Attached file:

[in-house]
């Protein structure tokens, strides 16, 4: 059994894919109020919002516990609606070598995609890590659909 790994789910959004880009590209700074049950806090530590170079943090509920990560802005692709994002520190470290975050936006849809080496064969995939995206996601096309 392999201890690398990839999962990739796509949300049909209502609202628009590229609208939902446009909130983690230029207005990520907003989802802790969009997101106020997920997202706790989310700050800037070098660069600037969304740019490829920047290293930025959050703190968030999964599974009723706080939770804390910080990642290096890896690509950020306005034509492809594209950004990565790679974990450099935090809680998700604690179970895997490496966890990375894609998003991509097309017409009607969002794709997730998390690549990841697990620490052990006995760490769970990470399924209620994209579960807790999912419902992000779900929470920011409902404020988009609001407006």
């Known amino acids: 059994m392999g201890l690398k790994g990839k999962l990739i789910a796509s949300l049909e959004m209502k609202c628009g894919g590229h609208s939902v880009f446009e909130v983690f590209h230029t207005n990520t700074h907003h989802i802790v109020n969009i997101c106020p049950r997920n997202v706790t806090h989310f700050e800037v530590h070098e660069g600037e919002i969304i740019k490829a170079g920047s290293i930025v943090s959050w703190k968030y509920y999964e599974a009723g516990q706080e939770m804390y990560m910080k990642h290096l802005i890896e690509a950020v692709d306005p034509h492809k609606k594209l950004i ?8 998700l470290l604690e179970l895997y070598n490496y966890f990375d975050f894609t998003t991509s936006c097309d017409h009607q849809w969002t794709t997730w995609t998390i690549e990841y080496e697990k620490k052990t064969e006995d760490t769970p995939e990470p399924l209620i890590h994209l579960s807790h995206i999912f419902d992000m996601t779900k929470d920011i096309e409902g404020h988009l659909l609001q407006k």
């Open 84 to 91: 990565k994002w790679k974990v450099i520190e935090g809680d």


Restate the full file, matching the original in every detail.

[in-house]
């Protein structure tokens, strides 16, 4: 059994894919109020919002516990609606070598995609890590659909 790994789910959004880009590209700074049950806090530590170079943090509920990560802005692709994002520190470290975050936006849809080496064969995939995206996601096309 392999201890690398990839999962990739796509949300049909209502609202628009590229609208939902446009909130983690230029207005990520907003989802802790969009997101106020997920997202706790989310700050800037070098660069600037969304740019490829920047290293930025959050703190968030999964599974009723706080939770804390910080990642290096890896690509950020306005034509492809594209950004990565790679974990450099935090809680998700604690179970895997490496966890990375894609998003991509097309017409009607969002794709997730998390690549990841697990620490052990006995760490769970990470399924209620994209579960807790999912419902992000779900929470920011409902404020988009609001407006």
């Known amino acids: 059994m392999g201890l690398k790994g990839k999962l990739i789910a796509s949300l049909e959004m209502k609202c628009g894919g590229h609208s939902v880009f446009e909130v983690f590209h230029t207005n990520t700074h907003h989802i802790v109020n969009i997101c106020p049950r997920n997202v706790t806090h989310f700050e800037v530590h070098e660069g600037e919002i969304i740019k490829a170079g920047s290293i930025v943090s959050w703190k968030y509920y999964e599974a009723g516990q706080e939770m804390y990560m910080k990642h290096l802005i890896e690509a950020v692709d306005p034509h492809k609606k594209l950004i ?8 998700l470290l604690e179970l895997y070598n490496y966890f990375d975050f894609t998003t991509s936006c097309d017409h009607q849809w969002t794709t997730w995609t998390i690549e990841y080496e697990k620490k052990t064969e006995d760490t769970p995939e990470p399924l209620i890590h994209l579960s807790h995206i999912f419902d992000m996601t779900k929470d920011i096309e409902g404020h988009l659909l609001q407006k």
């Open 84 to 91: 990565k994002w790679k974990v450099i520190e935090g809680d």